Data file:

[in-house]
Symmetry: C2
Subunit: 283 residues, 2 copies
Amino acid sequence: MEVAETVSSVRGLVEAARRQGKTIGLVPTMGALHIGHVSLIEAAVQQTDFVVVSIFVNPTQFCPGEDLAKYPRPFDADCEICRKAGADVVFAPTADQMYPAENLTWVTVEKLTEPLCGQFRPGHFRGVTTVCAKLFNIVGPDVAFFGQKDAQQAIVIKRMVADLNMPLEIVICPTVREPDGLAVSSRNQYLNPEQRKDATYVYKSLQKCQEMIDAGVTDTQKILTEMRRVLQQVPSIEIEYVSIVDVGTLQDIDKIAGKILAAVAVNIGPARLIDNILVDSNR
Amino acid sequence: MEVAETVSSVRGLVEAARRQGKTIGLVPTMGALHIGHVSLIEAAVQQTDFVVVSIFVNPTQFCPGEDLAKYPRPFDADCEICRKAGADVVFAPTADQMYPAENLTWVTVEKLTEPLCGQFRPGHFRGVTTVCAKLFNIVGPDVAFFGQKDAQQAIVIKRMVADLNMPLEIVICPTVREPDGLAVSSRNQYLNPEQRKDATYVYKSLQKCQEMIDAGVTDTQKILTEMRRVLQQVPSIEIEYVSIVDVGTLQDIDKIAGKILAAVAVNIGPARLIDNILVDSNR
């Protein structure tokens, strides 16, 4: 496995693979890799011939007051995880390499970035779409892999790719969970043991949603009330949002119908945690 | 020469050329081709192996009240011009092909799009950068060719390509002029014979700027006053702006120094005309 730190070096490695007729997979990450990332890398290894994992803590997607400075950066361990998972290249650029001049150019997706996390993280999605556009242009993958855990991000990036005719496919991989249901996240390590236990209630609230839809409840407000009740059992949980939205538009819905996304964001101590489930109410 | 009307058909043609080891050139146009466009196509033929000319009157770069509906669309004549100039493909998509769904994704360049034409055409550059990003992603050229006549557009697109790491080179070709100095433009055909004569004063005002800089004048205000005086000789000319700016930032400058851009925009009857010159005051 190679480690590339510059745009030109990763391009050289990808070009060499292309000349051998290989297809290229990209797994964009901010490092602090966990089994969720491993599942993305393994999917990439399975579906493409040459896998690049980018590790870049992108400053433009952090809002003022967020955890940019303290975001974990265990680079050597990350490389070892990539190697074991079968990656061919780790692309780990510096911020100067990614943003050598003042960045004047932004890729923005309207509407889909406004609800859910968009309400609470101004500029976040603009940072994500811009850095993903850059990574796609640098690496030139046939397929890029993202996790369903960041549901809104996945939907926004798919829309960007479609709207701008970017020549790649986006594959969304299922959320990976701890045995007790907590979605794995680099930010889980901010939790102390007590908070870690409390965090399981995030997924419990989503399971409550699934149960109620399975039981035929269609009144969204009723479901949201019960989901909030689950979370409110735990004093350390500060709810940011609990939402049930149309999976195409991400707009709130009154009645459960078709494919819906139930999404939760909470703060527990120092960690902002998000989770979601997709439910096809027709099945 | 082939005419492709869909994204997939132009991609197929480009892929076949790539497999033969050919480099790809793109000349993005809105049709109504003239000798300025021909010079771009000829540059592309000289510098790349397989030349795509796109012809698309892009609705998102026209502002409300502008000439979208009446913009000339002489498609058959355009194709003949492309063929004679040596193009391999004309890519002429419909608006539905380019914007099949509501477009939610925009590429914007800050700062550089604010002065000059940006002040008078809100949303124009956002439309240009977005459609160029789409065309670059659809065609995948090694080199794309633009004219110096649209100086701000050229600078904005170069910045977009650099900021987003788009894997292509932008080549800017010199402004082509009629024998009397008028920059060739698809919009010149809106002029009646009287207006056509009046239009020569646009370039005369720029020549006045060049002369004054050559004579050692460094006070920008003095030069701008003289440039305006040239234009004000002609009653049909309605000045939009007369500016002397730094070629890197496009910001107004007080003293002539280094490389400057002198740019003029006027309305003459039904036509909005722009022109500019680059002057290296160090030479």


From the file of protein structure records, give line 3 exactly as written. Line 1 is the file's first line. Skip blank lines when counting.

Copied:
Subunit: 283 residues, 2 copies